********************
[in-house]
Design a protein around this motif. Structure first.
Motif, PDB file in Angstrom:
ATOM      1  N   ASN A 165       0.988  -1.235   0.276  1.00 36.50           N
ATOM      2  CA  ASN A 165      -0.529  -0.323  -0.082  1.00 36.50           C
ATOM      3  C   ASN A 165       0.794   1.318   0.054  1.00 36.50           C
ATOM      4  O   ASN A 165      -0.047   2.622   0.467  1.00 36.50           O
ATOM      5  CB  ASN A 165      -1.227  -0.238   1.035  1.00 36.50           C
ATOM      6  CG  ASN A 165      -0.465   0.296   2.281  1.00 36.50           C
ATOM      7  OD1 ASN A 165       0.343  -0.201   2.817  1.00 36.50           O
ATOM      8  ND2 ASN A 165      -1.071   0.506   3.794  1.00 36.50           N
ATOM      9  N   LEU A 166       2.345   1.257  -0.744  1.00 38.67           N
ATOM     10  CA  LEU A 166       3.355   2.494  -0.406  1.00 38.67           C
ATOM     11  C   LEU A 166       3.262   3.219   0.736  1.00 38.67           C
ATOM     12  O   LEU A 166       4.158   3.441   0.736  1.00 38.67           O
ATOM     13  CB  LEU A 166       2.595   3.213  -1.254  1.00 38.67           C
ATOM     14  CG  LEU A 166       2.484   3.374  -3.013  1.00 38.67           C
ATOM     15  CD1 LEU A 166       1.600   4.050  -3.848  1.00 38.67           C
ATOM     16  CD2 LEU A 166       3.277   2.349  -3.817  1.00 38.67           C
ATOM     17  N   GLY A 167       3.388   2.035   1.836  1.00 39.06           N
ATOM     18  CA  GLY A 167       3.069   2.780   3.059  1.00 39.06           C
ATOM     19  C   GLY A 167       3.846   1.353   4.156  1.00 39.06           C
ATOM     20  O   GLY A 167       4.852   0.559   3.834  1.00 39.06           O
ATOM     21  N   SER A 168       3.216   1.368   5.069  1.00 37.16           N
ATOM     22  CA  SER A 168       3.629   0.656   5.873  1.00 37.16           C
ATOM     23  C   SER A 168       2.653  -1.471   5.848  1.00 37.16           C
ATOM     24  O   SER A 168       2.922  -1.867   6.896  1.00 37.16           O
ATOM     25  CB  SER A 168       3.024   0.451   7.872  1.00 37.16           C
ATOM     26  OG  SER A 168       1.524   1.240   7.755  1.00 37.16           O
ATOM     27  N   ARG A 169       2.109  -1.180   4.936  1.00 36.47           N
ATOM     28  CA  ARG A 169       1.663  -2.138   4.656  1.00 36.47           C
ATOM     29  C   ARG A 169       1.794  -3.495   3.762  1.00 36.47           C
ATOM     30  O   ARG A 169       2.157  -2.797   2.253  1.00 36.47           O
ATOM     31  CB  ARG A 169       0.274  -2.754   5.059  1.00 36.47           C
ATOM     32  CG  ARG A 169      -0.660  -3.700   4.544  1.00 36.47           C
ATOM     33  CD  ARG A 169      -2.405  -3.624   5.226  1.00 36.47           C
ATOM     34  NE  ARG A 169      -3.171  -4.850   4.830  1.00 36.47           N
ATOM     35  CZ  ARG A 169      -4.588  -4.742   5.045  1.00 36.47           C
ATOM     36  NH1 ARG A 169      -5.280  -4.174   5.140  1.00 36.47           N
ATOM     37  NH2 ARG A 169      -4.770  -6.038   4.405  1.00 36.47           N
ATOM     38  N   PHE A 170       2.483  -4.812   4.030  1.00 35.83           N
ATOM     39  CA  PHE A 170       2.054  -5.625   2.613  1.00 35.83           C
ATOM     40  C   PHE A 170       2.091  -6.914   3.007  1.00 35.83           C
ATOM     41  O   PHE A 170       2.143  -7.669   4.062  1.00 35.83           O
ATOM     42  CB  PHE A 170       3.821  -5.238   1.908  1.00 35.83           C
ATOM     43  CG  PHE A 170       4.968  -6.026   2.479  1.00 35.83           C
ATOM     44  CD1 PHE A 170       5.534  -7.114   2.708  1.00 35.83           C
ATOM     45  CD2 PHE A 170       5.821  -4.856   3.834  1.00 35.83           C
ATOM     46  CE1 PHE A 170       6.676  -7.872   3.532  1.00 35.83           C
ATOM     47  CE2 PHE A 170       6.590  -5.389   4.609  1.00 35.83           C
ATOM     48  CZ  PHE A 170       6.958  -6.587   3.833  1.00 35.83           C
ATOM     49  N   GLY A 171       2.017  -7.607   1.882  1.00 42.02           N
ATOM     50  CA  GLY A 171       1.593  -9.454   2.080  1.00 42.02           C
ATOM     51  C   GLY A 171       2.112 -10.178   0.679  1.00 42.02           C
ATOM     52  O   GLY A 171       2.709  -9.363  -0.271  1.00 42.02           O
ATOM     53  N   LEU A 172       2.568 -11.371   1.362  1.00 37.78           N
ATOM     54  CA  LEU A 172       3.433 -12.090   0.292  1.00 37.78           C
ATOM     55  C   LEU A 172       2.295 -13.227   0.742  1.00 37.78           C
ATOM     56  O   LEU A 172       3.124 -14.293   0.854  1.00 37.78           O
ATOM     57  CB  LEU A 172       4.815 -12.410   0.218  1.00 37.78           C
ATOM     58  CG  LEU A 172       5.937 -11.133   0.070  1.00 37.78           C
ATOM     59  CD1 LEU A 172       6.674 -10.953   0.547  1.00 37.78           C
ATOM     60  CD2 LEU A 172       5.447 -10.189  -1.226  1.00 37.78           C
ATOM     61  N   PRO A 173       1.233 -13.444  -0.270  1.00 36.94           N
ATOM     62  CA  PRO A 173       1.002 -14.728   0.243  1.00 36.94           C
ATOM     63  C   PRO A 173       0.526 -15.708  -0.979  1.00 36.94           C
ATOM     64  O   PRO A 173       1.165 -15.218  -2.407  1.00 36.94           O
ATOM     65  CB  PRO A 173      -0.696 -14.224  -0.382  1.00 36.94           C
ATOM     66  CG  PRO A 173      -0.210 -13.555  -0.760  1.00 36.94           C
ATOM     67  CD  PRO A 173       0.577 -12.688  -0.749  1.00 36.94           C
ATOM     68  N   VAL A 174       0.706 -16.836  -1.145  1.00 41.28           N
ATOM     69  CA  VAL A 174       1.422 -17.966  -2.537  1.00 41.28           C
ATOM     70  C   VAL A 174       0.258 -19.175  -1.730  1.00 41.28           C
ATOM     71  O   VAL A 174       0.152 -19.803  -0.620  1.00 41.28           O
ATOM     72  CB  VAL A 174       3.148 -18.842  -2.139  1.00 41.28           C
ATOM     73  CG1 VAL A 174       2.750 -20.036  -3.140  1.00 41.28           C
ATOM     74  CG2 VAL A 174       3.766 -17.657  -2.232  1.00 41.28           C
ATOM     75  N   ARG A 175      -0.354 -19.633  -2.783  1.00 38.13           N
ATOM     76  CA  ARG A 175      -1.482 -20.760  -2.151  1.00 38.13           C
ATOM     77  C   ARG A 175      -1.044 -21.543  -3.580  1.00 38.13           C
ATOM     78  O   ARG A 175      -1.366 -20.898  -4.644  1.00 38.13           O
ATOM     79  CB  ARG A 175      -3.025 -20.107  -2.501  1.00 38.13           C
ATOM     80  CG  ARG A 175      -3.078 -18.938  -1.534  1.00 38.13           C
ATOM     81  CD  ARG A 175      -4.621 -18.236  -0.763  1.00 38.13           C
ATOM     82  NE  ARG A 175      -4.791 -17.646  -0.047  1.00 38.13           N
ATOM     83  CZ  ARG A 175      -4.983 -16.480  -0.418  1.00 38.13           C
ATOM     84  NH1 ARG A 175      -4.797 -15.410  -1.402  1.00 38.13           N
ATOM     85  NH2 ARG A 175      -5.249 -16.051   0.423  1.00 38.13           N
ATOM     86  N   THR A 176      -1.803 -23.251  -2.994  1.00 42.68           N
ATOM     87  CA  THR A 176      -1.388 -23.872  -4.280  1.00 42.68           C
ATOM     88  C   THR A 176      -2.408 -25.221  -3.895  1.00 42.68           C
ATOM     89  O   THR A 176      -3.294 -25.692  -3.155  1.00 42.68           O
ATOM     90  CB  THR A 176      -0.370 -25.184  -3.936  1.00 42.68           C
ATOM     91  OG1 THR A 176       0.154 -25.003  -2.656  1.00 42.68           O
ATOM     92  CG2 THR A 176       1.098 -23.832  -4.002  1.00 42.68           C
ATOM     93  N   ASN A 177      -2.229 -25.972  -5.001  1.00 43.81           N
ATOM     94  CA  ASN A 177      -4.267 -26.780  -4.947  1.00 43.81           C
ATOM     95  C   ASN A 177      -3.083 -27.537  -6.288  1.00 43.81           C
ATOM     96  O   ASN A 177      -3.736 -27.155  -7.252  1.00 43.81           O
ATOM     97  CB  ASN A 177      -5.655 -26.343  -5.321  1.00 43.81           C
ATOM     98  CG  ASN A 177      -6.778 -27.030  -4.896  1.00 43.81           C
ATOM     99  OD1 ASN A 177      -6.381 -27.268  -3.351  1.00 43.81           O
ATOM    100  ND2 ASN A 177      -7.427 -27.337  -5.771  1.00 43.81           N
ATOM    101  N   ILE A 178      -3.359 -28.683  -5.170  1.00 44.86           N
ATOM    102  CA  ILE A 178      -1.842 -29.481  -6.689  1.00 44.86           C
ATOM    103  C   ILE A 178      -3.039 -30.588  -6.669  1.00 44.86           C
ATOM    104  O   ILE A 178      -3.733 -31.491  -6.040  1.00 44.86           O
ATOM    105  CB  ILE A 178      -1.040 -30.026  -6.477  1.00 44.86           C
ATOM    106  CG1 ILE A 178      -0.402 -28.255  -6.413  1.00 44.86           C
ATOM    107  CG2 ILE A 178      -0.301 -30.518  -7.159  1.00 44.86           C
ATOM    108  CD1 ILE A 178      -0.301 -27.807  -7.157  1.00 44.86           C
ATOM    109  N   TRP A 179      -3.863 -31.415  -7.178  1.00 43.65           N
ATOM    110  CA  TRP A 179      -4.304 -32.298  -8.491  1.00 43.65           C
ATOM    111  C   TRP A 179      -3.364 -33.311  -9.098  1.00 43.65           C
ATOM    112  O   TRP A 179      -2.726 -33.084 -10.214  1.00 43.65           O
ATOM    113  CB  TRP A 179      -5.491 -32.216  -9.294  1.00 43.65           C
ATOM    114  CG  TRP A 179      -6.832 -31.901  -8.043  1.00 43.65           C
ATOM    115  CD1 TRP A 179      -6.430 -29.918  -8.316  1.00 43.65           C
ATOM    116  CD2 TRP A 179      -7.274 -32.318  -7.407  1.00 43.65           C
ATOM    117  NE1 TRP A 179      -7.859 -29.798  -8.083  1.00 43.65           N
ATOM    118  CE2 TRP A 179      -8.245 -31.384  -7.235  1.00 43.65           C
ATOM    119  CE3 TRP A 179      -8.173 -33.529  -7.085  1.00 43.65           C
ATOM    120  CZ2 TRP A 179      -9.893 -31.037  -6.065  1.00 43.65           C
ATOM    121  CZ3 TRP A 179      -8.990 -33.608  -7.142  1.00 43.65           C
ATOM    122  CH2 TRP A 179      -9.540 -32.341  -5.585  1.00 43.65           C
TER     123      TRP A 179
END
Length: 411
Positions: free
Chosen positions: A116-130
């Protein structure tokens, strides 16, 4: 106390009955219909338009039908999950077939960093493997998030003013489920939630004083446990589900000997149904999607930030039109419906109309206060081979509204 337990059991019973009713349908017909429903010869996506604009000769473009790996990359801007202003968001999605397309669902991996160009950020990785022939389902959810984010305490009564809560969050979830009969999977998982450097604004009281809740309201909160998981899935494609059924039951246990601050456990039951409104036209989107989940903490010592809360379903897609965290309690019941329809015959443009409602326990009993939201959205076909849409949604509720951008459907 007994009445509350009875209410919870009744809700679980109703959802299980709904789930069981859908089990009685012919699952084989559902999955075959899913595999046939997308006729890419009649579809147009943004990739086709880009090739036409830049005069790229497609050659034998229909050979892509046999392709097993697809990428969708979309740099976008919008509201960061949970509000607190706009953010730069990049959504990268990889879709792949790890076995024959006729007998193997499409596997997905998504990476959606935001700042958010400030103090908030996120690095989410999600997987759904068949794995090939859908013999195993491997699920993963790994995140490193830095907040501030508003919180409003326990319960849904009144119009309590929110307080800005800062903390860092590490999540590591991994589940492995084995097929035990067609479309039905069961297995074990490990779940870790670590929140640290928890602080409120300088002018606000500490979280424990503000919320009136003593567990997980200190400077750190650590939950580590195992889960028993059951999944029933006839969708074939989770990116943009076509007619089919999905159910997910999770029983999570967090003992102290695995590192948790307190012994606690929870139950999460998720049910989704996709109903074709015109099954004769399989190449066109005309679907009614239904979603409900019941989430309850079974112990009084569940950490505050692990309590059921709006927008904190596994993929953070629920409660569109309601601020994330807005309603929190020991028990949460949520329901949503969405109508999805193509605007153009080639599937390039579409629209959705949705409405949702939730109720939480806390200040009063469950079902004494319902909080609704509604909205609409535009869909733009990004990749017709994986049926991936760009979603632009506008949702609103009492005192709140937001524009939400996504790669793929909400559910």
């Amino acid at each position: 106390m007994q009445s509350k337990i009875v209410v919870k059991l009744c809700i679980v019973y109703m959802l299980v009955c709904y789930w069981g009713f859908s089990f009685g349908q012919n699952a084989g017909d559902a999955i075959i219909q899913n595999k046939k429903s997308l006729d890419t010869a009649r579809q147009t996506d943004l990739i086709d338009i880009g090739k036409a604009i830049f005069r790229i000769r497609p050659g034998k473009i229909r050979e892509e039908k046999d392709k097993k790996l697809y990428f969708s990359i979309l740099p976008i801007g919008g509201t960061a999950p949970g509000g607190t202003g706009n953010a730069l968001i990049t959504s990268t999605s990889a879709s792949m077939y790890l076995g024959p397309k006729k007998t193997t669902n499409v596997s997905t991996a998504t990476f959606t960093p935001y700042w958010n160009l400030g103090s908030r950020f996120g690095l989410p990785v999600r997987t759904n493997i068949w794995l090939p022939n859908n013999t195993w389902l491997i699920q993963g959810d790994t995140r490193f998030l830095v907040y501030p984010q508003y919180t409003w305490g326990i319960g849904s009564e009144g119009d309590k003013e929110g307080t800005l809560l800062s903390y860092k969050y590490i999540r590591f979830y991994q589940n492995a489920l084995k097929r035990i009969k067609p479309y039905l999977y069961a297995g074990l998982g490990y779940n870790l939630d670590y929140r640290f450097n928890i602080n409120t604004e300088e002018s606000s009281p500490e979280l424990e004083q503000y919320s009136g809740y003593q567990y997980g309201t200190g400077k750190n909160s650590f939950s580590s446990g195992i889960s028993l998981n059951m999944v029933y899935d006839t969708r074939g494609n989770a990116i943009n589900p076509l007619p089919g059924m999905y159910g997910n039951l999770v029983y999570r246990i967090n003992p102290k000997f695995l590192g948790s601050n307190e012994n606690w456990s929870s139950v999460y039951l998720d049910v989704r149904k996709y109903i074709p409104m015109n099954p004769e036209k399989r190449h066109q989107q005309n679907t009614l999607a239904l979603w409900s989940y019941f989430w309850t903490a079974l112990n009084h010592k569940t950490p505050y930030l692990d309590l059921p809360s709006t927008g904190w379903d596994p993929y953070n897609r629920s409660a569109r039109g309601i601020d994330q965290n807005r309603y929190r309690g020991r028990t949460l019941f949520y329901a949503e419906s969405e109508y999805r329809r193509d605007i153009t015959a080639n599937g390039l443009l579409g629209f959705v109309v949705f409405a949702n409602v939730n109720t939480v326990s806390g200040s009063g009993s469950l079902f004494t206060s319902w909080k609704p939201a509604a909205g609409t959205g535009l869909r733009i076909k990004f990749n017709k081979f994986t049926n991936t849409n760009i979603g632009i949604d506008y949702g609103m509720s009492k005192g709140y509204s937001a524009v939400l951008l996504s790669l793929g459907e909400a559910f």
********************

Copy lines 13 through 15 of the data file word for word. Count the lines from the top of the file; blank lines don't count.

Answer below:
ATOM     10  CA  LEU A 166       3.355   2.494  -0.406  1.00 38.67           C
ATOM     11  C   LEU A 166       3.262   3.219   0.736  1.00 38.67           C
ATOM     12  O   LEU A 166       4.158   3.441   0.736  1.00 38.67           O